Four Weight Loss Myths Debunked

Myth #1:  “A Calorie is a Calorie.”

The mantra “calories in = calories out” has dominated diets for decades.   It has led dieters to count calories, restrict intake, and perform long sessions of exercise while watching the “calories burned” number go up.  It has led to hungry dieters with unsatisfactory results that are not sustainable.  The myth that all calories are equal is debunked my scientific facts such as these: 

Fiber: You eat 160 calories in almonds, but only absorb 130, because some fiber is not absorbed, passing through the intestine without being metabolized.  This is true for other high fiber foods as well. 

Protein: It takes twice as much energy to metabolize protein as carbohydrates, so fewer calories are left over to to use or store as fat. Also, protein increases satiety, which is the feeling of fullness in which you do not want to eat more. 

Fat: Fat has 9 calories of energy per gram- more than twice that of carbohydrates and protein, but some types of fat are healthy- such as omega - 3s, and some are very unhealthy- such as trans fats which can lead to atherosclerosis.  Stick to health fat calories that are plant and fish based fats such as found in nuts, avocado, olive oil, fish and eggs.  Remember, fat is not the problem, sugar is the problem. 

Added Sugar: Calories from added sugar are different from those from any other calories.  These are what is jeopardizing health worldwide.  There are 61 different names of ingredients that are all added sugar.  74% of all food items in grocery stores have added sugars.   Increasing total calorie intake has little effect on the risk of diabetes- unless those calories are from sugar.  Sugar increases corporate profits; it is an inexpensive preservative that has addictive properties.  Calories from added sugar increase the risk of disease in normal weight and overweight people.  It can cause more than diabetes- it can lead to fatty liver or metabolic syndrome as well.  Watch this trailer for a documentary called Sugar Coated for more information:  

Myth #2: “I can’t lose weight because I can not exercise.” 

There are many reasons why people can not exercise in their current situation.  They may have pain or joint problems or simply be too large to exercise.  For many people, that can seem like an insurmountable barrier to committing to a weight loss program.  Maybe that is because they have lost weight in the past when exercising, or because they have felt like they automatically eat better when they exercise.  The good news: you can lose a significant amount of weight without exercising.  Why is that?  Well, approximately 80% of weight loss is determined by your diet, not your exercise.  That can be good and bad news.  If you love to exercise but tend toward weight gain, it also means that you can not eat whatever you want, either.  If you have a barrier to exercise, weight loss may be just what the doctor ordered.  Losing just 5-10% of your body weight can cause dramatic reductions in joint, muscle and back pain, increasing mobility.  Many people begin an effective weight loss program, lose weight, and suddenly feel like doing things they haven't done in years.  Now, exercise is very important for long term weight control.  A regular exercise program greatly decreases the chance of weight regain.  Resistance exercise reduces the chance of bone density loss that can come from weight loss.  So, if you still have a barrier to exercise after losing some weight, talk to your physician about an evaluation or referral to a physical therapist or trainer.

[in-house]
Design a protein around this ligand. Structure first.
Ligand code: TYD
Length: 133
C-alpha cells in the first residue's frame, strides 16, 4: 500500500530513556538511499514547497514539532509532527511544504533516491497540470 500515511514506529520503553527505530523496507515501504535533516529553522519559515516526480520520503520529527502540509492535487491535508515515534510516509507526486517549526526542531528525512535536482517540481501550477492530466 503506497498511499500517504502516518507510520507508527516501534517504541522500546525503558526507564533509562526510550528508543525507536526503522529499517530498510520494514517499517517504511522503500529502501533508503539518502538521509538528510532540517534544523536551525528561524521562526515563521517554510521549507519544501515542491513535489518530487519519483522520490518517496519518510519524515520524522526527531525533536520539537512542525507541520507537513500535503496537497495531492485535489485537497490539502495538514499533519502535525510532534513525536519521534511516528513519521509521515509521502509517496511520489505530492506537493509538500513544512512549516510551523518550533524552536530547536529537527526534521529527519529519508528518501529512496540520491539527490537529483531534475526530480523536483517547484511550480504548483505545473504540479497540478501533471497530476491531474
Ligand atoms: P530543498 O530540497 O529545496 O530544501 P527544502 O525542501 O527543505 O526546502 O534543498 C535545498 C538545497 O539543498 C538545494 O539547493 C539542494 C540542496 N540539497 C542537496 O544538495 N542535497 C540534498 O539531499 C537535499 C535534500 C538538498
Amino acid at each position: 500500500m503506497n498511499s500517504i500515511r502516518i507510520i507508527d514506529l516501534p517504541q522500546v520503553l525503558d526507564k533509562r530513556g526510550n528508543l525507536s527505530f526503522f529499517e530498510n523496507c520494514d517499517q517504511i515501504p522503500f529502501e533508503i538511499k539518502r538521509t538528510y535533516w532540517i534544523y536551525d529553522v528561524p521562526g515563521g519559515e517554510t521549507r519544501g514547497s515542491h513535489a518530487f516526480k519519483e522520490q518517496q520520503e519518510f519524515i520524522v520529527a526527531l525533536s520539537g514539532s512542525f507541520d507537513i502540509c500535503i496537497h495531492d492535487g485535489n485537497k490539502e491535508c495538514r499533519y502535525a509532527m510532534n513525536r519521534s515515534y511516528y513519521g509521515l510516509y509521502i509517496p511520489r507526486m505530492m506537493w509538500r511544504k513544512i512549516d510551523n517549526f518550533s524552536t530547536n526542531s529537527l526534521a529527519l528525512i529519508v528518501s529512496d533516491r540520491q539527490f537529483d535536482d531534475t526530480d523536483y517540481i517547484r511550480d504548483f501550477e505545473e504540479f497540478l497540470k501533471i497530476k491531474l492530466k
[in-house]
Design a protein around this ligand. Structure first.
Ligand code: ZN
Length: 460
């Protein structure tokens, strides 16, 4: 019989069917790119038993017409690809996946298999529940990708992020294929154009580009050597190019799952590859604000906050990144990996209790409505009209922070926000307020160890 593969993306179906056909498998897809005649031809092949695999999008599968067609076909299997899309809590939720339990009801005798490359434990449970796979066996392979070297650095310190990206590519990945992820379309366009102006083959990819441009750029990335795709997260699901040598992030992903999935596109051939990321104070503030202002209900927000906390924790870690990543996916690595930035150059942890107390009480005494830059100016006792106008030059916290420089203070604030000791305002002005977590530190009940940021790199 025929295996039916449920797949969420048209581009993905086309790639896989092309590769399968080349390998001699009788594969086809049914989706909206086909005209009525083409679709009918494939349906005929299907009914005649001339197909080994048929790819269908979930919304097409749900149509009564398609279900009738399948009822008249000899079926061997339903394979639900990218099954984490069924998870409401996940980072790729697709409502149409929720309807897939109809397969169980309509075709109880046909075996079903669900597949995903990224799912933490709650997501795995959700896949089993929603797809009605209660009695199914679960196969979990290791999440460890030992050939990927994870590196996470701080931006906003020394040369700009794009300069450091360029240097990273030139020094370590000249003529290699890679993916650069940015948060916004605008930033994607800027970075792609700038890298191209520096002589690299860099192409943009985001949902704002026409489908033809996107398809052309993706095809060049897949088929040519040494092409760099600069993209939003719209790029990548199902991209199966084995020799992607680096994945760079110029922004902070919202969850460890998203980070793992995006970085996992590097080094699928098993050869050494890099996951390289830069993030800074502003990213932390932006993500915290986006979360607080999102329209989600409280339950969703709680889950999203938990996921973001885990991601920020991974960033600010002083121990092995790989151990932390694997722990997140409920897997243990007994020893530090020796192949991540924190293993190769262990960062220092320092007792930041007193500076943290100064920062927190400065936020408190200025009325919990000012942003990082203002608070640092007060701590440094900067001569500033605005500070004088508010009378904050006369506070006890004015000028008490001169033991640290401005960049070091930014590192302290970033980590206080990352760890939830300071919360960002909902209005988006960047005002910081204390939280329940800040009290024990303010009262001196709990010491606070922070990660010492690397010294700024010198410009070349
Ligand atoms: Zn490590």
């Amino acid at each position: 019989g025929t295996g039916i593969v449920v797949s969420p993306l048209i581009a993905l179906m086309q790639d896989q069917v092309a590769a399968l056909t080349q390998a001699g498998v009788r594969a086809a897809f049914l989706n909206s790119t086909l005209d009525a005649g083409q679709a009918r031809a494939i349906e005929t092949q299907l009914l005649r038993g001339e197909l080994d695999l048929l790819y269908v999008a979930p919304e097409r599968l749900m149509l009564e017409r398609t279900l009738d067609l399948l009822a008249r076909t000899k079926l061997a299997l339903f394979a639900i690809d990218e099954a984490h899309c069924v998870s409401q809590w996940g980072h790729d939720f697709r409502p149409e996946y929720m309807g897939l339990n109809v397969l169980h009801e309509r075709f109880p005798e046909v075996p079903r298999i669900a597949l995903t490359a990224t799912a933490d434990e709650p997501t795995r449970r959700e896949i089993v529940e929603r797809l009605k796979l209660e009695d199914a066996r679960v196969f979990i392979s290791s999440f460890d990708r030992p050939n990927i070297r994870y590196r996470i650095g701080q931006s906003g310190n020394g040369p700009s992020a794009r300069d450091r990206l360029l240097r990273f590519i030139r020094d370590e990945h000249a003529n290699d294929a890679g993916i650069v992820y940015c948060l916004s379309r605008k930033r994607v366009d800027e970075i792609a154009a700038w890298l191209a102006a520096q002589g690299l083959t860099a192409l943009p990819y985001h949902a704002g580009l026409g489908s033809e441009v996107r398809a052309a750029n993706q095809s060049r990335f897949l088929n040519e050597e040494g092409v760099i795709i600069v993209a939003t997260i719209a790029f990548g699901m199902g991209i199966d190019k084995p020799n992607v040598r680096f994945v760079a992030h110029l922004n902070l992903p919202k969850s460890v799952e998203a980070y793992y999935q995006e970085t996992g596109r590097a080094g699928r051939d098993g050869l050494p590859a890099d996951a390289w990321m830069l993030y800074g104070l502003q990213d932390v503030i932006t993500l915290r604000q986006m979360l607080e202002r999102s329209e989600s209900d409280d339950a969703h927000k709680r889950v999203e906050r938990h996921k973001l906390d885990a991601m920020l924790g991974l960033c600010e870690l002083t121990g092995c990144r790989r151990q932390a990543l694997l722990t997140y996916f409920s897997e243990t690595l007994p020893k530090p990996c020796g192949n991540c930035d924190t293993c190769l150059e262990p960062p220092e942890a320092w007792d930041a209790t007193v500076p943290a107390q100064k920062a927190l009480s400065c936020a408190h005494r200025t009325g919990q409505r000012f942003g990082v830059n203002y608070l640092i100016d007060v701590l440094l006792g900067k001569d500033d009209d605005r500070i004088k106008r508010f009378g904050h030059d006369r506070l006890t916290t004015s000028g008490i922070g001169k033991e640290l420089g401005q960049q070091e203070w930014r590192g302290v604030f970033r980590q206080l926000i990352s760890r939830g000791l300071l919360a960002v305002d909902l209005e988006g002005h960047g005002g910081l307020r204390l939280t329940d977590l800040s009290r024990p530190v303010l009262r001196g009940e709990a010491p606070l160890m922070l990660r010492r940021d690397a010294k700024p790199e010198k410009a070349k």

Myth #3: “I will be hungry on a diet.”

Any successful weight loss plan needs to control hunger.  The urge to eat when hungry is a very strong survival instinct.  If you are hungry on your diet, you are on the wrong diet.  For most people, manipulating the macronutrient composition, fiber content, water content, exercise, or timing of intake will control hunger.  However, there are conditions in which the neurotransmitters in the hypothalamus of the brain fail to register satiety and people have uncontrolled hunger.  This is one of the situations in which FDA approved medications may have a role in the treatment of obesity.  There are several new medications approved and on the market.  Talk to your physician if you have uncontrolled hunger on your weight loss program. 

Myth #4:  “My health insurance does not cover weight loss.”

Your health insurance may cover physician services for weight loss.  The American Medical Association rightly designated obesity as a disease.  The United States Preventive Services Task Force recommended intensive behavioral counseling for obesity.  The Affordable Care Act mandated coverage for services highly recommended by the Unites States Preventive Services Task Force.  If you have one of the 22 medical conditions directly related to excess weight, then it is more likely that weight loss may be covered to benefit that medical condition.  All of this means that you may have health insurance benefits for weight loss services provided by a physician.  


  • Your weight loss plan should not just be counting calories.  Losing weight does not happen from eating less and exercising more.  
  • You can lose weight without exercising.  Exercising is easier after you have already lost some weight.  Exercise will reduce the chance off gaining it back and improve your long term success. 
  • You do not have to be hungry to lose weight. 
  • Your health insurance may cover weight loss services.   

Call or email us today to attend a complimentary information session on our physician directed weight loss programs.  We can request health insurance authorization for you.



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